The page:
Mon Feb 13, 2017 11:27AM
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Under the pretext of chasing al-Qaeda operatives implicated in the 9/11 attacks on US soil, American forces invaded Afghanistan in 2001. The continued military operation has caused heavy casualties, but US officials claim they are fighting al-Qaeda, the Taliban and most recently Daesh terrorists in the Asian nation. Press TV has asked Jason Unruhe, a political commentator, to comment on what objectives the US is pursuing in Afghanistan.   

Unruhe said the United States resorted to war to invade Afghanistan and push for its imperialistic agenda in the impoverished country.

Unruhe recalled Washington’s claims that its main objective to go to war in Afghanistan was to fight terrorists, adding, however, that Americans occupied the Asian country for “social and economic gains.”

“This has been a war to capture profits. This has been opening up access to new markets for US companies, particularly the vast mineral wealth that still exists within the country,” he told Press TV.

Pointing to an increase in opium cultivation and smuggling in the war-stricken country, he said that illegal drug production has been a direct result of the US invasion.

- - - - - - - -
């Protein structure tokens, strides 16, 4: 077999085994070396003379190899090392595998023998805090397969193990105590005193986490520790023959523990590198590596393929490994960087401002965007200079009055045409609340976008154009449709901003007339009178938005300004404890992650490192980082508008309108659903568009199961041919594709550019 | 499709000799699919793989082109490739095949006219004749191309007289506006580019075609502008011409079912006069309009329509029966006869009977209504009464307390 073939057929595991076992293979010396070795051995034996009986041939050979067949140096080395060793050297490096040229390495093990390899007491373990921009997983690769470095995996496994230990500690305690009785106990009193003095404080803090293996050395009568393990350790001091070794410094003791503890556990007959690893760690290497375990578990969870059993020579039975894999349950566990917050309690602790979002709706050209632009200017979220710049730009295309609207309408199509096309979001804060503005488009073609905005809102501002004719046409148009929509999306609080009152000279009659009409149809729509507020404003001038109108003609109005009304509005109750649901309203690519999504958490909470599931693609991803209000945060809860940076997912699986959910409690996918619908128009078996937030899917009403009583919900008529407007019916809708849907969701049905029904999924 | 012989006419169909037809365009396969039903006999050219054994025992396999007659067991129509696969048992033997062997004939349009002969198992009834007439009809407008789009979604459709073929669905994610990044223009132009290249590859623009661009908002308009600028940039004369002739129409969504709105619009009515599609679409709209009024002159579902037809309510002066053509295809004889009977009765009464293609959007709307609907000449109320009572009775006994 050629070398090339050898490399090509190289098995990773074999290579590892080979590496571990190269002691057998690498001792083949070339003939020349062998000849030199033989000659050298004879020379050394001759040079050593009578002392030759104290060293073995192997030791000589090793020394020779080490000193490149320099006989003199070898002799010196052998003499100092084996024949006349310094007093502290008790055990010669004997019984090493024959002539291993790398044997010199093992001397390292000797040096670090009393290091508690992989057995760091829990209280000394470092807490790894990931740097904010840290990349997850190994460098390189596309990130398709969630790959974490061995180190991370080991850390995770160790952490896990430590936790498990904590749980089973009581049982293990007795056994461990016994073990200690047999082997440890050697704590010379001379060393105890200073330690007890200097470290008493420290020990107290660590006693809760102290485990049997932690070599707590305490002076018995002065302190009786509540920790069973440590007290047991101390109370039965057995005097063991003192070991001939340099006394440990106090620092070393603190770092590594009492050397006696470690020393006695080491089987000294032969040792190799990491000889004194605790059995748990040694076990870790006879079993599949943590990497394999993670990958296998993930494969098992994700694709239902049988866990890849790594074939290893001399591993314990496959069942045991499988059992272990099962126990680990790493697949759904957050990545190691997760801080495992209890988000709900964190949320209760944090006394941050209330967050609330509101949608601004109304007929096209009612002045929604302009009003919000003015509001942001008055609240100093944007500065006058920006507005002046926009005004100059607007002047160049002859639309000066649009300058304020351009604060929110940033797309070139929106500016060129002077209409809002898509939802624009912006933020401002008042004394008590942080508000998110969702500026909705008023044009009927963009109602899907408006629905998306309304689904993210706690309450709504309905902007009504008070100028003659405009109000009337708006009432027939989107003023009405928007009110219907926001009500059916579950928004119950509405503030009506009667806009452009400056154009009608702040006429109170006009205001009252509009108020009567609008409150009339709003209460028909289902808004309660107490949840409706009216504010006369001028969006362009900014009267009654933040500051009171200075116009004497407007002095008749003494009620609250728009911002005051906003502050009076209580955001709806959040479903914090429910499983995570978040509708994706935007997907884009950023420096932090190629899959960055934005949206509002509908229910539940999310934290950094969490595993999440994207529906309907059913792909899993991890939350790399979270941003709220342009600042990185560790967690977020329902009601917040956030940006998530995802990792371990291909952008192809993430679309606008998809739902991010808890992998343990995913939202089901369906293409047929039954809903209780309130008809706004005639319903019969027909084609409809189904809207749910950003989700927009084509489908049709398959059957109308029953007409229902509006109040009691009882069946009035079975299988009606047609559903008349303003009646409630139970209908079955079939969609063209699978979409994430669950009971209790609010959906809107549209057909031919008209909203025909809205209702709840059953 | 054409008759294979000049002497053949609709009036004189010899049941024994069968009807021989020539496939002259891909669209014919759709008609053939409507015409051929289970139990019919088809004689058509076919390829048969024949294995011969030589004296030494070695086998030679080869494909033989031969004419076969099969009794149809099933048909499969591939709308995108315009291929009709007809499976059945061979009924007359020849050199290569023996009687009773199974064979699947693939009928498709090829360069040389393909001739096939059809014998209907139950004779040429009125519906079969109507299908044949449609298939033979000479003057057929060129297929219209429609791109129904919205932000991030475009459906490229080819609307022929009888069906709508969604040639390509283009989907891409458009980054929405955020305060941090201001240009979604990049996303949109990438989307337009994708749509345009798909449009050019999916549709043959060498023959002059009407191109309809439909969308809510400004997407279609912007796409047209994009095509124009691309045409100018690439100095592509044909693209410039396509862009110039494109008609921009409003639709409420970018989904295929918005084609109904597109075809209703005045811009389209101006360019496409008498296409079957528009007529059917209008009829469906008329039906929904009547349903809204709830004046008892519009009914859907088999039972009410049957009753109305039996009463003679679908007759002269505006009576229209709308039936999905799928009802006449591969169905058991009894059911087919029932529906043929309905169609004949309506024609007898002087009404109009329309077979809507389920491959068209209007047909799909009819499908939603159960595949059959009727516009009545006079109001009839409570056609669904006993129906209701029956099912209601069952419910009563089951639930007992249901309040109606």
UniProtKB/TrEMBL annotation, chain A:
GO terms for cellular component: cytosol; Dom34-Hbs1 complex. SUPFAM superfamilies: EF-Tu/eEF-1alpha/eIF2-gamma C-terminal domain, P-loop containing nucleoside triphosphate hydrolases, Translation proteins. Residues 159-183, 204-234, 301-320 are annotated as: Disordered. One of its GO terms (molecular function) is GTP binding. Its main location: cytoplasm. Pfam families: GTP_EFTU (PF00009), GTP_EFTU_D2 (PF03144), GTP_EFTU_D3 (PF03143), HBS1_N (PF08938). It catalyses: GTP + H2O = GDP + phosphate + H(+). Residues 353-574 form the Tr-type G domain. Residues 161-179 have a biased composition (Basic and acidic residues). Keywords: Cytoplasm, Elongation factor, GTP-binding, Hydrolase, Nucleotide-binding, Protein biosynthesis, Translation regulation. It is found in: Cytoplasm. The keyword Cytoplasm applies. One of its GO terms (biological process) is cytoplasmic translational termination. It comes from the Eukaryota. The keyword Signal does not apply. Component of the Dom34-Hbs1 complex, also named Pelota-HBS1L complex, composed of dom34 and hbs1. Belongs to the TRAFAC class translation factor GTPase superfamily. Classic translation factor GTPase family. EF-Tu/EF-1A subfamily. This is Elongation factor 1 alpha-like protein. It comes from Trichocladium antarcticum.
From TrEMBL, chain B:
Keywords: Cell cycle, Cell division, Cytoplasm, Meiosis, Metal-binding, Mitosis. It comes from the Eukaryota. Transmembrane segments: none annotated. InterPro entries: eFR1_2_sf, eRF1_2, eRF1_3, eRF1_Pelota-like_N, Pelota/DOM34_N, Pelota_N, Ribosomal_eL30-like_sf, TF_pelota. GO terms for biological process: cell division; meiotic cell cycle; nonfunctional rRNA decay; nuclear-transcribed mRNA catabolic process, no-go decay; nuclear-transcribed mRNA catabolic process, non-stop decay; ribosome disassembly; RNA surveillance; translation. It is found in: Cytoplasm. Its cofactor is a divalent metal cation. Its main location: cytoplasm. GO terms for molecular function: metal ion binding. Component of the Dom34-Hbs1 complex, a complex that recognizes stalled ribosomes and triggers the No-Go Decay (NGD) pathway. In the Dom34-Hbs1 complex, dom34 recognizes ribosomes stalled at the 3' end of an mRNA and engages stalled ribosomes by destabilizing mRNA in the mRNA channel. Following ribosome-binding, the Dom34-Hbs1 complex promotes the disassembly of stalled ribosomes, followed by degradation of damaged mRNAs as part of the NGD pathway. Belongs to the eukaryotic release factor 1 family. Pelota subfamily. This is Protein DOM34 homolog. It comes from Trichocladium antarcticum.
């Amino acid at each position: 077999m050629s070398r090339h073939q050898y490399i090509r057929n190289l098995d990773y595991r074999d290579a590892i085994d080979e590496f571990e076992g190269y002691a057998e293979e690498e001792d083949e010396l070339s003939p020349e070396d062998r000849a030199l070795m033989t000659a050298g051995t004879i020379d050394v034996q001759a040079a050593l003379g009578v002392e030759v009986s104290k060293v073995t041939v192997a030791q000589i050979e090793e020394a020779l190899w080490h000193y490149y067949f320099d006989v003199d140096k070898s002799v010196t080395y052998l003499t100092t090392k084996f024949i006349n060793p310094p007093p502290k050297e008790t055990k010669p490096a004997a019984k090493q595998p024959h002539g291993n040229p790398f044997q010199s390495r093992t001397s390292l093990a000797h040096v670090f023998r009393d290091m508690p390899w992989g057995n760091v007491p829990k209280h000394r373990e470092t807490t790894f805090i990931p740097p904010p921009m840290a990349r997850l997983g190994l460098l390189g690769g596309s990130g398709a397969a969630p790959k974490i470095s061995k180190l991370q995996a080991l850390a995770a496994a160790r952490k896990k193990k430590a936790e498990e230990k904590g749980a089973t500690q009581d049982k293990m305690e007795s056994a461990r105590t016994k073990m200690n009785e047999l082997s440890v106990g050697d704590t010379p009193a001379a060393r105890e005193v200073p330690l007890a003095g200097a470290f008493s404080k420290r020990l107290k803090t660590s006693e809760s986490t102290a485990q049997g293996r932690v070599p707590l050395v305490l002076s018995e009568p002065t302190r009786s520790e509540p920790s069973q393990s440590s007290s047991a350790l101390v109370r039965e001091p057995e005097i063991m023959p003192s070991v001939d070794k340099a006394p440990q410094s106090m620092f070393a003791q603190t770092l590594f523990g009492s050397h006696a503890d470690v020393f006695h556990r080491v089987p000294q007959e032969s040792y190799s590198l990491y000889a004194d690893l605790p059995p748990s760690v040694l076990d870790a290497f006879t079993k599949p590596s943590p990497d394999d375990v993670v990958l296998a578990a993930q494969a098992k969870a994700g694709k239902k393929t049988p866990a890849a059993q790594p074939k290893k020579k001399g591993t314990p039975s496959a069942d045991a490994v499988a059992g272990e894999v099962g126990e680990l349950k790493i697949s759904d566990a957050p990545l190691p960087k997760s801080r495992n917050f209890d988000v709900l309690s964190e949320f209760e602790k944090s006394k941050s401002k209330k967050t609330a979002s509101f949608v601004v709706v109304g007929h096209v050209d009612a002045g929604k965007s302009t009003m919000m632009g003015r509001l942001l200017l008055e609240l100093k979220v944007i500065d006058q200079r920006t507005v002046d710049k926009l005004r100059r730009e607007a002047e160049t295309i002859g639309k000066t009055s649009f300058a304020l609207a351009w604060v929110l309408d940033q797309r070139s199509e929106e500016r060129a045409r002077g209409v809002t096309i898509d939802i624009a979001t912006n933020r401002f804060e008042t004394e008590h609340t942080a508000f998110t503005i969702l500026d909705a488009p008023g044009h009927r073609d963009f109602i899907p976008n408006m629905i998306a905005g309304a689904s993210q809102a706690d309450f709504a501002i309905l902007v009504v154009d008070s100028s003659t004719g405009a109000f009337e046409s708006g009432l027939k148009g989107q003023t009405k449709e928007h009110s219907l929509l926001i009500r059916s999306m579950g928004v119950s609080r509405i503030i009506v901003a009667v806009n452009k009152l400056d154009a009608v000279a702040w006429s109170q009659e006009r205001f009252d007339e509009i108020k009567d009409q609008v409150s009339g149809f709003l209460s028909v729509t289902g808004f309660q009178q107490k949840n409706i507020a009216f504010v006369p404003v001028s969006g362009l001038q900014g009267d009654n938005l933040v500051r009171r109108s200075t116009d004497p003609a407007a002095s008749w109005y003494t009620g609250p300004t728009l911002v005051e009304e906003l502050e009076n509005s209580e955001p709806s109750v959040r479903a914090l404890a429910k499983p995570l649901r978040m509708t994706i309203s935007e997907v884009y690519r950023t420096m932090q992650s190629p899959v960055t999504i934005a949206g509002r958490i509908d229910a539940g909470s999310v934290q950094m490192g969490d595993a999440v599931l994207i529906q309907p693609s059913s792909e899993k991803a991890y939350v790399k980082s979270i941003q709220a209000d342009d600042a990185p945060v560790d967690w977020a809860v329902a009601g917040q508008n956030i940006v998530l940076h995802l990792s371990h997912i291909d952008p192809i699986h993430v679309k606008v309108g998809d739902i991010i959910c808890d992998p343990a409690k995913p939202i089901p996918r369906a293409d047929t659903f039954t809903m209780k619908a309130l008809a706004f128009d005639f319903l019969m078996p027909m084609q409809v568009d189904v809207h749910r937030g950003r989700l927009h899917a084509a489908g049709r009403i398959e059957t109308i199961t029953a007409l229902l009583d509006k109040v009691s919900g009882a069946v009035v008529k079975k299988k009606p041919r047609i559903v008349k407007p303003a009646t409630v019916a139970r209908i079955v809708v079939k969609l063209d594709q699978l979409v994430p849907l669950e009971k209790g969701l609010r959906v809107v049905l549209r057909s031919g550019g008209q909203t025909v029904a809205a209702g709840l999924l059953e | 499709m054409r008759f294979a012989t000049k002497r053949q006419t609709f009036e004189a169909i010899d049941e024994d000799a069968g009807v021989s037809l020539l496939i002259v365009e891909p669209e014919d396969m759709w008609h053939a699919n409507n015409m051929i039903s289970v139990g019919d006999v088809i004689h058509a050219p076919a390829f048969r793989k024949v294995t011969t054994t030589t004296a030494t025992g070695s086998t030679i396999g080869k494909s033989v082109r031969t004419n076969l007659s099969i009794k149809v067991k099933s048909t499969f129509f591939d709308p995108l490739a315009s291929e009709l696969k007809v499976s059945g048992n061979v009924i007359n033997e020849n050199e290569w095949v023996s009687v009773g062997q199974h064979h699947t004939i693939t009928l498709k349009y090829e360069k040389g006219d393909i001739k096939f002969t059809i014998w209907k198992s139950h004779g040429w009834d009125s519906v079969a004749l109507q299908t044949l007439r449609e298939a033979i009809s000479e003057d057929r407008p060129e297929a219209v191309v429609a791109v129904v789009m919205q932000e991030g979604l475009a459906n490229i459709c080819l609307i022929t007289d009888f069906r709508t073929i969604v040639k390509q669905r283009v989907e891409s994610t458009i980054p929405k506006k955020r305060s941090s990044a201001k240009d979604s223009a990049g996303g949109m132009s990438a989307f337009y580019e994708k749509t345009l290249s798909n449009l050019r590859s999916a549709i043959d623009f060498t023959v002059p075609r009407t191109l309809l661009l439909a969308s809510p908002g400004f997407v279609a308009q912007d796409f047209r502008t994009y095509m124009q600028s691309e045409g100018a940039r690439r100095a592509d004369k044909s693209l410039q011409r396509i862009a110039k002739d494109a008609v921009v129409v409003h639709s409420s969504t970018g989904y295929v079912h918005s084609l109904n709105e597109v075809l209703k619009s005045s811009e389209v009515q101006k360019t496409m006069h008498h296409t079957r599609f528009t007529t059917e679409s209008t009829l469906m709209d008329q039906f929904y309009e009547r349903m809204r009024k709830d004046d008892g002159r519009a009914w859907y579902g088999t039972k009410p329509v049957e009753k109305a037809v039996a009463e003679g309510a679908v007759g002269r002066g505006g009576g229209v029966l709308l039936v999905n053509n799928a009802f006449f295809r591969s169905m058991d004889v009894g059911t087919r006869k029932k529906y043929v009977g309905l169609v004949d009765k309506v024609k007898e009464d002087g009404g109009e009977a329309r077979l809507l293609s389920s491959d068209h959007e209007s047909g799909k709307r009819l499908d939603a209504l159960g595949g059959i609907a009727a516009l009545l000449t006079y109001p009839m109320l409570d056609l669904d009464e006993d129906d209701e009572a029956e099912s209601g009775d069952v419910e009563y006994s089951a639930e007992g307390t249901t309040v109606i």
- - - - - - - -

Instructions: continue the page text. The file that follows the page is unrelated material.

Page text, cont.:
“Many of the poor farmers in the rural areas of Afghanistan frequently resort to growing opium for the Taliban because of the economic catastrophe,” which is the consequence of the US-led occupation, the analyst from Ontario explained.

In this photograph taken on April 19, 2016, an Afghan farmer harvests opium sap from a poppy field in the Chaparhar district of Nangarhar province. (Photo by AFP)

Elsewhere, Unruhe argued that the imperialist US does not care about the safety of Afghan people and that the civilian casualties from US attacks are due to the very “nature of the war” itself.

In the most recent incident, US forces killed 22 civilians, including 13 people from one family and nine from another, in Sangin district of Helmand on February 9.

Read More: US airstrikes have killed 22 civilians in Afghanistan's Helmand: Official

The commentator added that the goal is “not to help the Afghan people” and that “the actions of the soldiers and the militaries responsible for the attacks reflected the policies and the goals that have been put forward by the people that they take orders from."